News

    US Senate to Vote on Judge at Heart of Filibuster Deal

    The U.S. Senate Tuesday prepared to vote on one of President Bush's long-stalled judicial nominees, a day after a group of bipartisan Senators reached a compromise averting a showdown on the nominations.

    The Senate voted to end debate on the nomination of Texas Supreme Court Justice Priscilla Owen for a seat on the federal appeals court, clearing the way for her confirmation.

    The action was made possible by a deal brokered Monday night by a bipartisan group of 14 Senators. 

    Justice Owen, first nominated by Mr. Bush four years ago, is one of a number of judicial nominees blocked by Democrats who argued they were so conservative as to be out of the mainstream.

    Before the compromise was reached, Senate Republican leader Bill Frist had scheduled a vote Tuesday to ban the use of the filibuster, or delaying tactics, for judicial nominees, and move toward a confirmation vote on Justice Owen.  Democrats, denouncing the plans as a power grab by majority Republicans, pledged to use other procedural moves to slow the work of the Senate.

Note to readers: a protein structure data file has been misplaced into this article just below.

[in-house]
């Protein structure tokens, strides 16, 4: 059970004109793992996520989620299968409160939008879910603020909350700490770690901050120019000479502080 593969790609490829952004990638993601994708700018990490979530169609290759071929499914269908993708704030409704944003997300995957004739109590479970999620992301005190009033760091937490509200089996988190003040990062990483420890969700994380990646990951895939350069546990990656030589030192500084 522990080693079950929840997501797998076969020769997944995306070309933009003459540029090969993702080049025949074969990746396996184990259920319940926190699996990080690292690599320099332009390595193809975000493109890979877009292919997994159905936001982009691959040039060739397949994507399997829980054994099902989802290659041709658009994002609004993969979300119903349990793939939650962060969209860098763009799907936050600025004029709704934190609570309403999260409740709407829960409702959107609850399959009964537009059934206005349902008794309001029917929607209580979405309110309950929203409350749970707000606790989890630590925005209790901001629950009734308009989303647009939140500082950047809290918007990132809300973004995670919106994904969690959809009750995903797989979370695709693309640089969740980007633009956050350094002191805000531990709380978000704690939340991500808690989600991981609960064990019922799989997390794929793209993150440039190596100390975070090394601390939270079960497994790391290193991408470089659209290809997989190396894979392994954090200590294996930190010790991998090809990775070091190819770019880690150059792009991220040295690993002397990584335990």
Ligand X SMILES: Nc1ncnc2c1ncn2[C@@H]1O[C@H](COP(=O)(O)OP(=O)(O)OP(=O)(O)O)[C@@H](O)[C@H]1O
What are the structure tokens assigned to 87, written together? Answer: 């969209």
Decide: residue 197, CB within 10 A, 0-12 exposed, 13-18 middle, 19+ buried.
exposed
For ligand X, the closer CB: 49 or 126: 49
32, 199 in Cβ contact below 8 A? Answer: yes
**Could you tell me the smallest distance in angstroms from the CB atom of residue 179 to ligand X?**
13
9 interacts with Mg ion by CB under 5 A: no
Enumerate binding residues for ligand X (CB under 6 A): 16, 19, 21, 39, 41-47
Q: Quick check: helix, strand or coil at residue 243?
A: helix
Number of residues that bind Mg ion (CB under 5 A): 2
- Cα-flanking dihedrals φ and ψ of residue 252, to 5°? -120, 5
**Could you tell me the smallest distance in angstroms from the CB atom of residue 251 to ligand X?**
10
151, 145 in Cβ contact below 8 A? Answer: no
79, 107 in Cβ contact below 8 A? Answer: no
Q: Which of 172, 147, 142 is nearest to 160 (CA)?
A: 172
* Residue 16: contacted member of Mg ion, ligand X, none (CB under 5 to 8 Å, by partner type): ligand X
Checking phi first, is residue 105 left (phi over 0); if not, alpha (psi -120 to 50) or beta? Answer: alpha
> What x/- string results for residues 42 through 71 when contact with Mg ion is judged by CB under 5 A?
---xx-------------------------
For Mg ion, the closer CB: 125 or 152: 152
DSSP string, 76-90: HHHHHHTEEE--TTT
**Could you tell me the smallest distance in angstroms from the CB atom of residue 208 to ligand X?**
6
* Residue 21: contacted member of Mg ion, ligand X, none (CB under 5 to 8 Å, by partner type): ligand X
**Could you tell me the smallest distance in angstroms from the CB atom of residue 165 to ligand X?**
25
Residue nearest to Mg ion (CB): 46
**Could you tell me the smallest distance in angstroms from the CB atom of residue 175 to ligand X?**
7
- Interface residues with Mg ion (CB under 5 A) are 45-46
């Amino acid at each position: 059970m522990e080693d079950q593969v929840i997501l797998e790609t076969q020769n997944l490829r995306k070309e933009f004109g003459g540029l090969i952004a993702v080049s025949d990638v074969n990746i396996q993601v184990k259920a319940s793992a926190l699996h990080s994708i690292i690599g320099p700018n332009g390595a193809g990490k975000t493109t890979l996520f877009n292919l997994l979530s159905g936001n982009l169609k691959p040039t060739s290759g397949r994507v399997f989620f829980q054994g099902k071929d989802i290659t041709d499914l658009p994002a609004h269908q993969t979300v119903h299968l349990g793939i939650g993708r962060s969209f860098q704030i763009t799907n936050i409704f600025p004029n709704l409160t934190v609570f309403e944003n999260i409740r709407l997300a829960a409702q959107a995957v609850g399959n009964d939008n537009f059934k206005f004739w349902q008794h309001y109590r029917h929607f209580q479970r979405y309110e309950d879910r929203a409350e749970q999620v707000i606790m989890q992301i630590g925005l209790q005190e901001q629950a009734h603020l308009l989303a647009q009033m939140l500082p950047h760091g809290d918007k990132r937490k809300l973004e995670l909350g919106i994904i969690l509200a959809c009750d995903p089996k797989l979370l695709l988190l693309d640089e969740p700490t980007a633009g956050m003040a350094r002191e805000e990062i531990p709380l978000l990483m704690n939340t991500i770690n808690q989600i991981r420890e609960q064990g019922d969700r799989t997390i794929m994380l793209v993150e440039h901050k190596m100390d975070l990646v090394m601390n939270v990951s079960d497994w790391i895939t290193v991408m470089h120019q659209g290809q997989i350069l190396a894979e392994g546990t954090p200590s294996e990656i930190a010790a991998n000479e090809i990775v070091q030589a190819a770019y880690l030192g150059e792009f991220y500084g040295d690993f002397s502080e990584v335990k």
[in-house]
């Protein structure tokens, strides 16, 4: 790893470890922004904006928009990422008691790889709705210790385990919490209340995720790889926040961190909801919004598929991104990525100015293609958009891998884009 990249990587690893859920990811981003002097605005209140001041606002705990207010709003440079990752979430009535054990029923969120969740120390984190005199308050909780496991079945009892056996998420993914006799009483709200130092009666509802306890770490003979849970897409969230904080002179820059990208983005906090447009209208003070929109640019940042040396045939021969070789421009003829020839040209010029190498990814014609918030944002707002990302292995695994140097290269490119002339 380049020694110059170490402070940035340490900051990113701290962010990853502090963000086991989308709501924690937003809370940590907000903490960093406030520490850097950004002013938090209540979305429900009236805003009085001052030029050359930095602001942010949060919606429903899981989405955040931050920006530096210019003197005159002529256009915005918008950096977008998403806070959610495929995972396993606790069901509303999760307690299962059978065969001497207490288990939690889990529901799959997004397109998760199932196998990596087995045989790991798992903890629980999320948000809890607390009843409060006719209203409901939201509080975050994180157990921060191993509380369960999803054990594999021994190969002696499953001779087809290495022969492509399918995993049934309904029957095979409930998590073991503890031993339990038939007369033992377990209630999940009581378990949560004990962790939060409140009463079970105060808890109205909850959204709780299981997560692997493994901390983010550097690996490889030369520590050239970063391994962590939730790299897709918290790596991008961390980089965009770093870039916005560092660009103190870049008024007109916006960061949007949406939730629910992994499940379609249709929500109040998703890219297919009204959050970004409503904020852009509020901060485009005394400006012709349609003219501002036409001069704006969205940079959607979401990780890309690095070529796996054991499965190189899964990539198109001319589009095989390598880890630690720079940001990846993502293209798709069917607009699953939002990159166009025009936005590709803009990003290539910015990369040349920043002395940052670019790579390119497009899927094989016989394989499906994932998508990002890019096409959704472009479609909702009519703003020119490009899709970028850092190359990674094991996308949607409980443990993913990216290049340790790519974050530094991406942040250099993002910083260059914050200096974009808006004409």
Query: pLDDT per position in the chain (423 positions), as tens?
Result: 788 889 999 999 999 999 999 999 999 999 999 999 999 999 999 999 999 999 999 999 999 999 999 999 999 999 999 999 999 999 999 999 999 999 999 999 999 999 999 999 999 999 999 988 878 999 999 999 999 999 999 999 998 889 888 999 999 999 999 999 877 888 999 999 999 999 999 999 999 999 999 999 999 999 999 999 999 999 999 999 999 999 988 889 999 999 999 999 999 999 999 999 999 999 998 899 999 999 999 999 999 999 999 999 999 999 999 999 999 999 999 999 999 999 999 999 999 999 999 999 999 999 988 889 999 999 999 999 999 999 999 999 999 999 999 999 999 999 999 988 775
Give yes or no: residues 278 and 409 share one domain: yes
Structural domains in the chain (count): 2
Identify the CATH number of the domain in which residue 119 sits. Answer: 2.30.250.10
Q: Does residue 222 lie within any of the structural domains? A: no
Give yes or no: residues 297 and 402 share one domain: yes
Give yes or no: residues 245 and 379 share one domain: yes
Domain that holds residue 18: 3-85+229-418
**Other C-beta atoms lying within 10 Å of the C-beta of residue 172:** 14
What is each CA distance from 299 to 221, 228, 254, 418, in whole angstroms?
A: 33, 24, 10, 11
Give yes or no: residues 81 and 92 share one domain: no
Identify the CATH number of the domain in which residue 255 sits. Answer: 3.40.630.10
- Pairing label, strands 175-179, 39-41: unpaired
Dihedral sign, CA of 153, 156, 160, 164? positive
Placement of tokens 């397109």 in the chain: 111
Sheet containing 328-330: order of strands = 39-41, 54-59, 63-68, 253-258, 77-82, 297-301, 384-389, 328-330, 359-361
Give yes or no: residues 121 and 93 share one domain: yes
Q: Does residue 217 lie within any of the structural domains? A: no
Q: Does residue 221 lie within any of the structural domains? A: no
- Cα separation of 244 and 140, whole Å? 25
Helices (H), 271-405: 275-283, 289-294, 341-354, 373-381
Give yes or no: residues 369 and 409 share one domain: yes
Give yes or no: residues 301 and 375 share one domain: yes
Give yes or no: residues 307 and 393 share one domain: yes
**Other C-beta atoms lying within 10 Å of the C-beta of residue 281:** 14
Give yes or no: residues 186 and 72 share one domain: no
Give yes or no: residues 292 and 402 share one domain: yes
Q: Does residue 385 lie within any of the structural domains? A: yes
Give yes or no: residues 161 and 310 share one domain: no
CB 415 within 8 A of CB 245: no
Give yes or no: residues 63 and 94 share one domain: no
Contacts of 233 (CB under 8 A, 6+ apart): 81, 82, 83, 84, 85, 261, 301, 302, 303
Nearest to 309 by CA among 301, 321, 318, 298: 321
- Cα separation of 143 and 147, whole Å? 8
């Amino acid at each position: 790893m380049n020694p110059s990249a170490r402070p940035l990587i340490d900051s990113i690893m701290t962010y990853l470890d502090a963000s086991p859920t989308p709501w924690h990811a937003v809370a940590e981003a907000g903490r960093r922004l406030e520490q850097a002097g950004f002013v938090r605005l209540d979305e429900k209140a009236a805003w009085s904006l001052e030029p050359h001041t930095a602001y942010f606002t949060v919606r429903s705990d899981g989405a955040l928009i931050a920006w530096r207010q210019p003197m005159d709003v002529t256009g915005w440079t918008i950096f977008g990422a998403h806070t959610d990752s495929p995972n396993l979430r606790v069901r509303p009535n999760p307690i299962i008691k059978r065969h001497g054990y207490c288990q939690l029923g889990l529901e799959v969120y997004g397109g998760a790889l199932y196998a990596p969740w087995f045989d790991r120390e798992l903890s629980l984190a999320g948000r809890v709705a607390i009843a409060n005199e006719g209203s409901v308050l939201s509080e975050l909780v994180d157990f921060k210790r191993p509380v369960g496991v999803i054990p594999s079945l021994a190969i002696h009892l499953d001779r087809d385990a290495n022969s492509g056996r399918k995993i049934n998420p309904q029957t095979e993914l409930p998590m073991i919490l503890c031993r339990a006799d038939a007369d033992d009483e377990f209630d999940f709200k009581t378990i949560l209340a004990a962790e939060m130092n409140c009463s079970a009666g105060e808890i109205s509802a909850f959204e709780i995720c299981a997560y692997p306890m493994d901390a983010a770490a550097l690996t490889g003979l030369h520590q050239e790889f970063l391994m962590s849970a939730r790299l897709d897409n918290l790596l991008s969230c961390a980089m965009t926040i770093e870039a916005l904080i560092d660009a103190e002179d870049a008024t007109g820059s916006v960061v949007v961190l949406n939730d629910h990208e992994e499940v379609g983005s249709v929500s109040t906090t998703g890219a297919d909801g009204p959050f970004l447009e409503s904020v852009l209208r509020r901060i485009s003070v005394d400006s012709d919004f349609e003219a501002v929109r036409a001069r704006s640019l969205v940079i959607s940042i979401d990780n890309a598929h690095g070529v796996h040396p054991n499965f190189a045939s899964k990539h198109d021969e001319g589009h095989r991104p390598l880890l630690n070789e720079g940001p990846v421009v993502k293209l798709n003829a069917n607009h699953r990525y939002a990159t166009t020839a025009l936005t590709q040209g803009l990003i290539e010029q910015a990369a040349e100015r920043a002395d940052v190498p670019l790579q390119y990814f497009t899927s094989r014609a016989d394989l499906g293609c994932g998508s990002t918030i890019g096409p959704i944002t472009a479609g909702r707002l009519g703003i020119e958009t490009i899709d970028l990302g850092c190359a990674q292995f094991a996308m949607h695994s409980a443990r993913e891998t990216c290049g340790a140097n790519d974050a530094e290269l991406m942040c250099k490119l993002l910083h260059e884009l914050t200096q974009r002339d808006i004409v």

Under the deal, Democrats agreed to allow up-or-down votes on three of five contested judicial nominees, including Justice Owen, and vowed not to use the filibuster except in extraordinary circumstances.

    Republicans agreed not to change Senate rules on the use of the filibuster during the rest of the congressional term, through the end of next year.

    Both sides called on the White House to consult with Congress on future nominees.

    Although President Bush does not get the up-or-down votes he wanted for all his judicial nominees, he welcomed the deal during a visit to Rochester, New York.

    "I'm pleased that the Senate is moving forward on my judicial nominees who were previously being blocked.  The nominees have been waiting years for an up-or-down vote on the Senate floor and now they will get one.  It is about time we are making some progress," said Mr. Bush.